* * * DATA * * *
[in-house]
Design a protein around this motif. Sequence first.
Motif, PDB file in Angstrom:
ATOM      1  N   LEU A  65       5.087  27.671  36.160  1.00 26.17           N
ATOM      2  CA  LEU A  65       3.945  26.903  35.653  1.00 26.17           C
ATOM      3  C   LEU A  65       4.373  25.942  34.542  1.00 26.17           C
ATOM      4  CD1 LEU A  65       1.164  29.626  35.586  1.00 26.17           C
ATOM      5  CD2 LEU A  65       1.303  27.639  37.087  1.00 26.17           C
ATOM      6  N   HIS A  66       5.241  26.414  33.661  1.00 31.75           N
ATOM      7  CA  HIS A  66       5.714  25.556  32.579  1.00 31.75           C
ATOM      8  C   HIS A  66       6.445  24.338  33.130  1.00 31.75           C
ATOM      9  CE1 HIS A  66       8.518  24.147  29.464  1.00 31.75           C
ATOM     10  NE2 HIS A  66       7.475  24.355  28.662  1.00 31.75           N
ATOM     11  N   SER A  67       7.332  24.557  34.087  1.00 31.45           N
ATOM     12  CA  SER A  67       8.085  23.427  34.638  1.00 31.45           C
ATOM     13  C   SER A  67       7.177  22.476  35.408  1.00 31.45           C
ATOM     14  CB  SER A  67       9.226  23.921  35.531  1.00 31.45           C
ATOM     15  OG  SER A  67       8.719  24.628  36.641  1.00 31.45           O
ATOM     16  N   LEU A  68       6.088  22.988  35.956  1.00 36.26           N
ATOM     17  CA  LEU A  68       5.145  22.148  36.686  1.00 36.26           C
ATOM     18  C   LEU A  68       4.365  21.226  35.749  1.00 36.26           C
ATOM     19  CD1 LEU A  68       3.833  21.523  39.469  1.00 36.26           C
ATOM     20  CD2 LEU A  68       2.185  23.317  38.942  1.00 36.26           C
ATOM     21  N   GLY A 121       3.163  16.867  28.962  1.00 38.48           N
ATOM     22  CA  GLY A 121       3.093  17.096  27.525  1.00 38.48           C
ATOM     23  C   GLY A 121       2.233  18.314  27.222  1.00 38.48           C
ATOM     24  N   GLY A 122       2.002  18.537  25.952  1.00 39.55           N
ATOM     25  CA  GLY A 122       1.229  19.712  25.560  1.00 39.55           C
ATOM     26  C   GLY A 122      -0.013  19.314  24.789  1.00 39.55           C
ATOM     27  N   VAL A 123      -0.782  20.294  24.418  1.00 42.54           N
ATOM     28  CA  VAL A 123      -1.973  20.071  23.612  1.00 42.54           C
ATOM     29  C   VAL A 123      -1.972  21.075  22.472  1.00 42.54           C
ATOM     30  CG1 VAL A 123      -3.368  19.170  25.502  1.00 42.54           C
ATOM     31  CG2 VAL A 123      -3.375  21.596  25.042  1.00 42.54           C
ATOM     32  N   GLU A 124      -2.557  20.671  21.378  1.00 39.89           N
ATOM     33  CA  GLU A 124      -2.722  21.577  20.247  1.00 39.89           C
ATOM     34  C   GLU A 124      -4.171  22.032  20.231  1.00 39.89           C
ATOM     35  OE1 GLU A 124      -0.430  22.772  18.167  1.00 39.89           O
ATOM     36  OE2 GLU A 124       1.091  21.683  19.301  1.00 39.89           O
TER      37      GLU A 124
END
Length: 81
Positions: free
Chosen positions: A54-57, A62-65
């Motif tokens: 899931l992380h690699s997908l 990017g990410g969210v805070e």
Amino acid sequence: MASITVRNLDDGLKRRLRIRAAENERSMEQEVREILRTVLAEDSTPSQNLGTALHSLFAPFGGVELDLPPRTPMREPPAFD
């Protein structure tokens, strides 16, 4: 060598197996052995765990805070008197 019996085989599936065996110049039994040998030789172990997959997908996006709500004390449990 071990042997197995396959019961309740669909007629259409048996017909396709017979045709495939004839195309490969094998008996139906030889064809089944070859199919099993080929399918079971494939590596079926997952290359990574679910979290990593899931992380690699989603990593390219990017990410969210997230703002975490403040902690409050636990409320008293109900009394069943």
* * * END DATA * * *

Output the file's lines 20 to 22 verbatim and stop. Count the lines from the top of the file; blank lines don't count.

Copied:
ATOM     17  CA  LEU A  68       5.145  22.148  36.686  1.00 36.26           C
ATOM     18  C   LEU A  68       4.365  21.226  35.749  1.00 36.26           C
ATOM     19  CD1 LEU A  68       3.833  21.523  39.469  1.00 36.26           C